In the age of satellite TV, the “hostage drama” had enough ammunition for raising television ratings points and the news channels left no stone unturned to make Bhatta-Parsaul into a “Peepli”. It started demanding sound bytes from the leaders of various political parties. The political parties with eyes firmly fixed on the state assembly elections due in May 2012, jumped in to politicise this issue. Unable to challenge the Bahujan Samaj Party (BSP) government so far on other issues, it had found a subject to embarrass it. The Congress hoped to use it in its struggle to displace the BSP and the Bharatiya Janata Party (BJP), aware of the need to reverse the decline of the party to single-digit seats in 2009, was quick to undertake fasts and court arrests. On 16 May, when Rahul Gandhi led a delegation of farmers to meet the prime minister, he accused the UP administration of severe atrocities including the rape of women and burning of dead bodies.6 All this was alleged without any substantive evidence; and when the Congress Party was asked to clarify these allegations further, it replied, “The media reports are wrong… his statement is based on feedback he got from the people.”7 While Rahul said “We’ve just begun in Bhatta. Beware of our next move” (speaking at the Varanasi conclave of the Congress), a Congress Party worker said “Congress is not an agitational party. It did not have even an agenda for the Varanasi conclave just few days before, except the general law and

o rder issue; thanks to Mayawati.”8

Despite their demonstrations at Varanasi the farmers got meagre financial assistance (those injured during the recent incidents).9 However, even this concerted strategy of the Congress seems to have been in vain as the general perception over the compensation among the villagers is that, “this is no relief. The centre has rubbed salt on our wounds….Even government hospitals in the country will not provide proper treatment to villagers with this measly amount….Such a meagre package is not expected from the high o ffice of the prime minister”.10 The Mayawati government’s decision to increase the compensation rates in lieu of the acquired land by 12.5%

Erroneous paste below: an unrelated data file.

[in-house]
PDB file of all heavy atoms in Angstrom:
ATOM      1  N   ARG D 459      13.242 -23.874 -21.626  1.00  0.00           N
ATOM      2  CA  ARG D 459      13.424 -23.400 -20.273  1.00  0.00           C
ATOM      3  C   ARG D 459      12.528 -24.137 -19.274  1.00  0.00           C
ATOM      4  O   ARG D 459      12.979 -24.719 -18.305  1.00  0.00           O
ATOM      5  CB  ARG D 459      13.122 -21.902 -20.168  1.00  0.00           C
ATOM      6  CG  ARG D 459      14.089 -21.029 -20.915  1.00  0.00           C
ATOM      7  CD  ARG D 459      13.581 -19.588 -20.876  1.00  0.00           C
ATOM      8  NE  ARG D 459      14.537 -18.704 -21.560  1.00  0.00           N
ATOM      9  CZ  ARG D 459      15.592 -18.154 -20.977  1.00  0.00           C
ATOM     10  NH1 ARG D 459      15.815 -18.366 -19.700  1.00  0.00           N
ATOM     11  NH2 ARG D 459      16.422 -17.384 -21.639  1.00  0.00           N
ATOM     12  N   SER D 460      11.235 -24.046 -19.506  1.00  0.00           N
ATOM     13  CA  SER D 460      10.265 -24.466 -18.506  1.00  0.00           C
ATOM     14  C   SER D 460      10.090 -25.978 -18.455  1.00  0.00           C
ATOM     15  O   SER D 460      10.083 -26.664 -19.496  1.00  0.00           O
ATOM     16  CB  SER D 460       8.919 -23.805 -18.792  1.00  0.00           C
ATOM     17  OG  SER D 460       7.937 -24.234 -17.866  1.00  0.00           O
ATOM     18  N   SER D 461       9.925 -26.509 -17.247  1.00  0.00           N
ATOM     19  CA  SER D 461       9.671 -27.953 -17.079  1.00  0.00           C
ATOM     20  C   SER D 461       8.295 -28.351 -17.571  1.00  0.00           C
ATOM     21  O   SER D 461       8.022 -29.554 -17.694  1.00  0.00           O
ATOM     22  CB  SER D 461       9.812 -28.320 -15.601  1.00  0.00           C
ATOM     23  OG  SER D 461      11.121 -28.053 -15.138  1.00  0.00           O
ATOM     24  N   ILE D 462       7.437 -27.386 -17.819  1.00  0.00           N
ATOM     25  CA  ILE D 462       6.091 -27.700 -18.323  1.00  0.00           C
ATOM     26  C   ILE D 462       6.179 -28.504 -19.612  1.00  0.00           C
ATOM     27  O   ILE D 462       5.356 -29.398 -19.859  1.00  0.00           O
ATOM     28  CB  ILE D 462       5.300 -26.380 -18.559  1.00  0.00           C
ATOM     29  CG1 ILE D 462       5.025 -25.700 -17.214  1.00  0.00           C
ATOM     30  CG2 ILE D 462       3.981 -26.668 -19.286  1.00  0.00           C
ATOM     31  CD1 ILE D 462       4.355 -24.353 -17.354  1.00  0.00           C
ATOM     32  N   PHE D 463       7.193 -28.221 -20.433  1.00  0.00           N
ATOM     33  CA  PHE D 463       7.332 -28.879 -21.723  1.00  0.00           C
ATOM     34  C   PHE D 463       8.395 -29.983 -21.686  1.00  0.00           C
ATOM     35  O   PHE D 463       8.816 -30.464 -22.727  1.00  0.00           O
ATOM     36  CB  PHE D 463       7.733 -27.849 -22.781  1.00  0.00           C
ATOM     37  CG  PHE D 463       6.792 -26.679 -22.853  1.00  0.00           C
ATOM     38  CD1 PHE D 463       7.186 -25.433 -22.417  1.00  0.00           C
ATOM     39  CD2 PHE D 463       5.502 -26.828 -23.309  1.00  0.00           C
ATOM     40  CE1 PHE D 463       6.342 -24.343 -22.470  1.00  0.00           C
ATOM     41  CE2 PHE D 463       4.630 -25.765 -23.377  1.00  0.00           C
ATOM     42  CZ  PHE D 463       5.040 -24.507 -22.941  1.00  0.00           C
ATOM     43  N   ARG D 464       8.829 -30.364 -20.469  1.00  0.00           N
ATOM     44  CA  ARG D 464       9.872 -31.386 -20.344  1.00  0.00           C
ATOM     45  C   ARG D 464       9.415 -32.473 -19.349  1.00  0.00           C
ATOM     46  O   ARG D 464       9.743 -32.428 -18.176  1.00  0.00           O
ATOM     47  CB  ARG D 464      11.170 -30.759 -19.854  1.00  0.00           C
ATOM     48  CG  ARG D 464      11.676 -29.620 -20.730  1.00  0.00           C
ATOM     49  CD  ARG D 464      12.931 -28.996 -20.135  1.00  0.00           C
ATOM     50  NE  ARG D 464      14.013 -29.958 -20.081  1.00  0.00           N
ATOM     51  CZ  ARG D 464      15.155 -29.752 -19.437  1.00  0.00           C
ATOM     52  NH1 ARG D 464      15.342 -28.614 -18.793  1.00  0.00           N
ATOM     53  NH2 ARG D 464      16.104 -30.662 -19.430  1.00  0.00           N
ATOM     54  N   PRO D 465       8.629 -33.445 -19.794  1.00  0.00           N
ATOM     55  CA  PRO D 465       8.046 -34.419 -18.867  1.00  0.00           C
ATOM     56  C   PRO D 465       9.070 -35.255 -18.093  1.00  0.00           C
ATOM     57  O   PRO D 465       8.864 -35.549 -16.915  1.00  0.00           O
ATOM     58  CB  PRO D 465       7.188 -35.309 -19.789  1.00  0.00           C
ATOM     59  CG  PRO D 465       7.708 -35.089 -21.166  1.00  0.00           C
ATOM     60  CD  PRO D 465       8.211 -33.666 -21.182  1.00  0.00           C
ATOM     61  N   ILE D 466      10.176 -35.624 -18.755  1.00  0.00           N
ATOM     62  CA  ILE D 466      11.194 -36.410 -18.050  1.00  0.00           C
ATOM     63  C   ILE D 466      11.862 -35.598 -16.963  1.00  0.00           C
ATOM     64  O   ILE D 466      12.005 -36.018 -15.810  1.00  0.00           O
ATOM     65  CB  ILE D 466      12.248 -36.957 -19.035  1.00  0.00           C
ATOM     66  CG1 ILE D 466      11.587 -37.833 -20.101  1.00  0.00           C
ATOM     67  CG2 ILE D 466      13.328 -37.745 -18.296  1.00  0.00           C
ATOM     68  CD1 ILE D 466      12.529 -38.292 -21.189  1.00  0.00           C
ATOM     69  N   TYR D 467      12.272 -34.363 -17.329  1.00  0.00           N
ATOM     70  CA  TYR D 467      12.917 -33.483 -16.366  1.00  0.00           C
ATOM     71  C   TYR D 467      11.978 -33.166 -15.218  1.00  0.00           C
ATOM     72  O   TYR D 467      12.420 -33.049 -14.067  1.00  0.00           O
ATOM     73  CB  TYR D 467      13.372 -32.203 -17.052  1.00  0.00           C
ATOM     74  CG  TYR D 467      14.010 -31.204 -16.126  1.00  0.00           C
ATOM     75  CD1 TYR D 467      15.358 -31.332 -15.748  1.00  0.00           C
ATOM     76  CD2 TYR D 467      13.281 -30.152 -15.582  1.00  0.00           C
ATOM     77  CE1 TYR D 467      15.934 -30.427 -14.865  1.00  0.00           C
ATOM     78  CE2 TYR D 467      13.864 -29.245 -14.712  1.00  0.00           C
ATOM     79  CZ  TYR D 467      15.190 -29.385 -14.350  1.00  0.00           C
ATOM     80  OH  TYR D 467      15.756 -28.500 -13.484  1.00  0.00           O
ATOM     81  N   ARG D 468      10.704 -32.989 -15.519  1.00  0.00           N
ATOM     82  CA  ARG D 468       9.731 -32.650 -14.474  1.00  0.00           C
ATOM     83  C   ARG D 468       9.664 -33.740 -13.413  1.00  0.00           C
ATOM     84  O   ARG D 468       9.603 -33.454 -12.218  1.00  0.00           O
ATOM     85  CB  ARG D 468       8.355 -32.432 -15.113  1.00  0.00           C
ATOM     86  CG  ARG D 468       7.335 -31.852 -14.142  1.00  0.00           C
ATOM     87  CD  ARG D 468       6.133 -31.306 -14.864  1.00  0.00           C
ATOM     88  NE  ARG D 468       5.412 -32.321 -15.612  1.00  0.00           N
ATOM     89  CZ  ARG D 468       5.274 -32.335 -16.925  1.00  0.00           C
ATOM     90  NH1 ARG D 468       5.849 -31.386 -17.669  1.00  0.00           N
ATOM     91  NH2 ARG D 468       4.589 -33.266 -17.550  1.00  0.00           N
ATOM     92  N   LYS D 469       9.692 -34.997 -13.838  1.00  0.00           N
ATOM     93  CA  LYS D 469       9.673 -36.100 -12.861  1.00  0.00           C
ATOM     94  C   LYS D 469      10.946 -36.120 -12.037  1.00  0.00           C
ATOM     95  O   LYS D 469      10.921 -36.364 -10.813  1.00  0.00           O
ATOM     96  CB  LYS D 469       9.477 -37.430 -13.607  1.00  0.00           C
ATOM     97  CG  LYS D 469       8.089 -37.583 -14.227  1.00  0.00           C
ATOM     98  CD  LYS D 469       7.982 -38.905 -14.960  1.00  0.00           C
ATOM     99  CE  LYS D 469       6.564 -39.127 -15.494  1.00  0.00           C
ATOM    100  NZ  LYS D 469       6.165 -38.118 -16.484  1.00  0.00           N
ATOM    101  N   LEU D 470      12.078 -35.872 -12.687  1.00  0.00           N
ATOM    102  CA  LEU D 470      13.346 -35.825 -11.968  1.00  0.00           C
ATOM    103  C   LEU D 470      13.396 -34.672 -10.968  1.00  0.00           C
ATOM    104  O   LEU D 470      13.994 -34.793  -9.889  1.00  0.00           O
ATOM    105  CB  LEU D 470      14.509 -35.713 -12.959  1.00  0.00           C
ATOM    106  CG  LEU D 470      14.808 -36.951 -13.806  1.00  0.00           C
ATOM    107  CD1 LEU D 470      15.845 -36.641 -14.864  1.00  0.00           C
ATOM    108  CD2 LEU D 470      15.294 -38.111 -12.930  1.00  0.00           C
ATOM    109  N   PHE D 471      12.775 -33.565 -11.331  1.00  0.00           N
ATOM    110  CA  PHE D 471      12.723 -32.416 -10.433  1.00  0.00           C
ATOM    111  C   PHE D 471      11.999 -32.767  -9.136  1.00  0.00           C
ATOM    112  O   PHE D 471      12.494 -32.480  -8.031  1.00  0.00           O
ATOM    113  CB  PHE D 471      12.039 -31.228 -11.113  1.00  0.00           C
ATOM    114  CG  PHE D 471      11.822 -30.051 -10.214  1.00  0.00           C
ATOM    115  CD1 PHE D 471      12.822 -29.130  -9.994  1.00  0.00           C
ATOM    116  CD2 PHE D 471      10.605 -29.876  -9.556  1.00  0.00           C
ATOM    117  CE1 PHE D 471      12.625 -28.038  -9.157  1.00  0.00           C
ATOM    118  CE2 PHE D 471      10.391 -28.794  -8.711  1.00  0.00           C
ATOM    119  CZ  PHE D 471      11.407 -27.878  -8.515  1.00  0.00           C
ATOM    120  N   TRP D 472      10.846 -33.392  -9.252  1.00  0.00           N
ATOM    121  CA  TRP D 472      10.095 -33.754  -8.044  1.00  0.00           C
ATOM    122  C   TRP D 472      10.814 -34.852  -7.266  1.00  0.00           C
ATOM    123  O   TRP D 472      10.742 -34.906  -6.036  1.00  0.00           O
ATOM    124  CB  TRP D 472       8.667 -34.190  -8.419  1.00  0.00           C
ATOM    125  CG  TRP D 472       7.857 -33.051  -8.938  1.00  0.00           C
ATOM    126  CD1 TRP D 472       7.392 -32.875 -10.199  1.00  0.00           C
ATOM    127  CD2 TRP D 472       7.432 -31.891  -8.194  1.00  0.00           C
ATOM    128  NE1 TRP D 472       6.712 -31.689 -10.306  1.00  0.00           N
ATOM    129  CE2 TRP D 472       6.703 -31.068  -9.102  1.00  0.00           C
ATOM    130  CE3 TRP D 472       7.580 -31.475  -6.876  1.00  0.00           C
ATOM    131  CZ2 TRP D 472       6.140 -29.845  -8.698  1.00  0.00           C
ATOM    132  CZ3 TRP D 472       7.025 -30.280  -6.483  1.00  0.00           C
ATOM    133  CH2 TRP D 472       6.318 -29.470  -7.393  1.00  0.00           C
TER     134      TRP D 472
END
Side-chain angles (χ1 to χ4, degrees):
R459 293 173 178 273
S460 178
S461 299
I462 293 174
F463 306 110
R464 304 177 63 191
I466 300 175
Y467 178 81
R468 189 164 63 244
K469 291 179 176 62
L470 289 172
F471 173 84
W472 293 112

– for the third time in the last four years is a victory for the farmers; but in this entire political vendetta, what remains unaddressed is the process of land acquisition

underlying the agitation in UP and elsewhere. Over the last four years, the central government on numerous occasions has promised to pass the land acquisition bill, but that has not happened. Today building a consensus on the issue seems near impossible considering how politicised it has become. Since land is an emotive issue, closely linked to identity and livelihood, if this issue is not resolved it is bound to generate more protests. However, the larger question is how and how far the proposed bill will bring a change in the situation. And more importantly, can laws by themselves save rights?

The Existing Law

The purpose of the Land Acquisition Act of 1894 was to enable the State to acquire land with minimal compensation payment in order to keep the state exchequer rich. More importantly, the questions such as when, how, what kind of land and for what purpose the land was to be acquired was never spelt clearly; it was only left to the State to decide. The law neither d efined nor elaborated what “public purpose” meant. But the end of British rule did not bring about any significant change in the land acquisition law. The colonial law remained in force unless explicitly repealed (Article 372). Stepping into the shoes of a “developmentalist” state, the government started several developmental projects based on the same law, requiring massive land acquisition. No effort was ever made to evolve a political economy of land acquisition and the only issue that was raised time and again was that of compensation. However, earlier farmers knew that it was for national projects built by the government. The situation today, after two successive amendments in 1962 and 1984 (primarily an effort to preserve the State’s authority for acquiring land) is very different. Today, the perception among farmers is that corrupt governments are grabbing land and selling it to private companies which then proceed to reap huge profits, often in real estate, which makes the compensation given to them seem like a pittance.